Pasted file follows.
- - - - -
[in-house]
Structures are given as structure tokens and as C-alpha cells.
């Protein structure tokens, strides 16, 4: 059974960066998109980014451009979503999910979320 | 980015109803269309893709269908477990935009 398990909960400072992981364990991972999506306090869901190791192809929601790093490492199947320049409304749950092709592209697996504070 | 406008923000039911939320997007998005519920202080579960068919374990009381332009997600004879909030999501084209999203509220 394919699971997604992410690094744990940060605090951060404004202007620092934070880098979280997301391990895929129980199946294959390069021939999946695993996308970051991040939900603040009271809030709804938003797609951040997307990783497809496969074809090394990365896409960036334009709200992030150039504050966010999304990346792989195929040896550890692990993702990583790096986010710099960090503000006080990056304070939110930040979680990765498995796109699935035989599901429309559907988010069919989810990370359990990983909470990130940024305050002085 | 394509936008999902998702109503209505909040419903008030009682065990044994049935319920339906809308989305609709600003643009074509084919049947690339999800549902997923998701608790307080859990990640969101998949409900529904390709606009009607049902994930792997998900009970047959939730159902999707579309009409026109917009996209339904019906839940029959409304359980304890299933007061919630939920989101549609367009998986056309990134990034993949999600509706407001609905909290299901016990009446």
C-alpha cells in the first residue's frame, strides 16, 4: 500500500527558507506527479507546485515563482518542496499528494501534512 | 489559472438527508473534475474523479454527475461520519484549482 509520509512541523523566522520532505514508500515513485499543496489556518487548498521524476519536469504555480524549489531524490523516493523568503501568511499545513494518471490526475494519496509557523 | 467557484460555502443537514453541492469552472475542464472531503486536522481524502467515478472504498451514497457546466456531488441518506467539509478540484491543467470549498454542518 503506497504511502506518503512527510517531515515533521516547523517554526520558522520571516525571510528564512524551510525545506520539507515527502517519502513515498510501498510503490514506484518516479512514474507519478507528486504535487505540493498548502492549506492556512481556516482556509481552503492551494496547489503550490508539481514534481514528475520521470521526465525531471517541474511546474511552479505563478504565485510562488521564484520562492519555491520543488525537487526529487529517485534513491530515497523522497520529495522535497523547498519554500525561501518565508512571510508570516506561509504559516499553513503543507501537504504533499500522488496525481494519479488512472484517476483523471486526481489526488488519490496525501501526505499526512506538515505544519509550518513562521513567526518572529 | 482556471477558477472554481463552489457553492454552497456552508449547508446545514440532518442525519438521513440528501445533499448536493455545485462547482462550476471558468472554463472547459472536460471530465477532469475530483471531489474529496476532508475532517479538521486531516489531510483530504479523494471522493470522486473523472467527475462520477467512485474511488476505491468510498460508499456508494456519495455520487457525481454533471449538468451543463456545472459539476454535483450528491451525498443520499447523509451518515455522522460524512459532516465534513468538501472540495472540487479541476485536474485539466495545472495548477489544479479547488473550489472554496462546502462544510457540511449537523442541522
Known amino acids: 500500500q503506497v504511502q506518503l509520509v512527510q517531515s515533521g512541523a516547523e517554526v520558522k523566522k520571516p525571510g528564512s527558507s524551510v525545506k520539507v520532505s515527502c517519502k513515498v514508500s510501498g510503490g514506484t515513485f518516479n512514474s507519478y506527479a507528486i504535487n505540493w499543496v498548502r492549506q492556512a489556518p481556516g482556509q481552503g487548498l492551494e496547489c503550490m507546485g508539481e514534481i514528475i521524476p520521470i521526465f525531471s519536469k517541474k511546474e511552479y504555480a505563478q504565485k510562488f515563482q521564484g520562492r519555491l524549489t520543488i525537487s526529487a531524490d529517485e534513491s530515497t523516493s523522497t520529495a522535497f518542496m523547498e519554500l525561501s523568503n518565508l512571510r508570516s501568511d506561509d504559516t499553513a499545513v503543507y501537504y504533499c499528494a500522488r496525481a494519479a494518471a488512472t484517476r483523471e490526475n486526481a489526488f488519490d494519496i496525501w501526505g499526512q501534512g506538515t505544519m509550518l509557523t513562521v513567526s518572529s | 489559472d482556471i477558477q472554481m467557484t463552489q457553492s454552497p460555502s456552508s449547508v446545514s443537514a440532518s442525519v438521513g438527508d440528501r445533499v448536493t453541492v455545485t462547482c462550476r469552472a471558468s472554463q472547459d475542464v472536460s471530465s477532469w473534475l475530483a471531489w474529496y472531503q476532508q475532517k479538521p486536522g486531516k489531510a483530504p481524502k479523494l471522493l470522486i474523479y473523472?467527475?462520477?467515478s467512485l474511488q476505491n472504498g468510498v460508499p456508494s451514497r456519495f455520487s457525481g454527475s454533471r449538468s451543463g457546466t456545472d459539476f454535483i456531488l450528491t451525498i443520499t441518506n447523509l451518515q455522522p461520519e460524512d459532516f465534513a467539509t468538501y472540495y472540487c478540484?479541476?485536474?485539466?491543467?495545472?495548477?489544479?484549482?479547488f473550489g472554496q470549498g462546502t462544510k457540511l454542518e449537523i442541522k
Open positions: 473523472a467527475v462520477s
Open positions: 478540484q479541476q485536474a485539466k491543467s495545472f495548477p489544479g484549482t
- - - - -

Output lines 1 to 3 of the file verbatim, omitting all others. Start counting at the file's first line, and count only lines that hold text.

[in-house]
Structures are given as structure tokens and as C-alpha cells.
């Protein structure tokens, strides 16, 4: 059974960066998109980014451009979503999910979320 | 980015109803269309893709269908477990935009 398990909960400072992981364990991972999506306090869901190791192809929601790093490492199947320049409304749950092709592209697996504070 | 406008923000039911939320997007998005519920202080579960068919374990009381332009997600004879909030999501084209999203509220 394919699971997604992410690094744990940060605090951060404004202007620092934070880098979280997301391990895929129980199946294959390069021939999946695993996308970051991040939900603040009271809030709804938003797609951040997307990783497809496969074809090394990365896409960036334009709200992030150039504050966010999304990346792989195929040896550890692990993702990583790096986010710099960090503000006080990056304070939110930040979680990765498995796109699935035989599901429309559907988010069919989810990370359990990983909470990130940024305050002085 | 394509936008999902998702109503209505909040419903008030009682065990044994049935319920339906809308989305609709600003643009074509084919049947690339999800549902997923998701608790307080859990990640969101998949409900529904390709606009009607049902994930792997998900009970047959939730159902999707579309009409026109917009996209339904019906839940029959409304359980304890299933007061919630939920989101549609367009998986056309990134990034993949999600509706407001609905909290299901016990009446």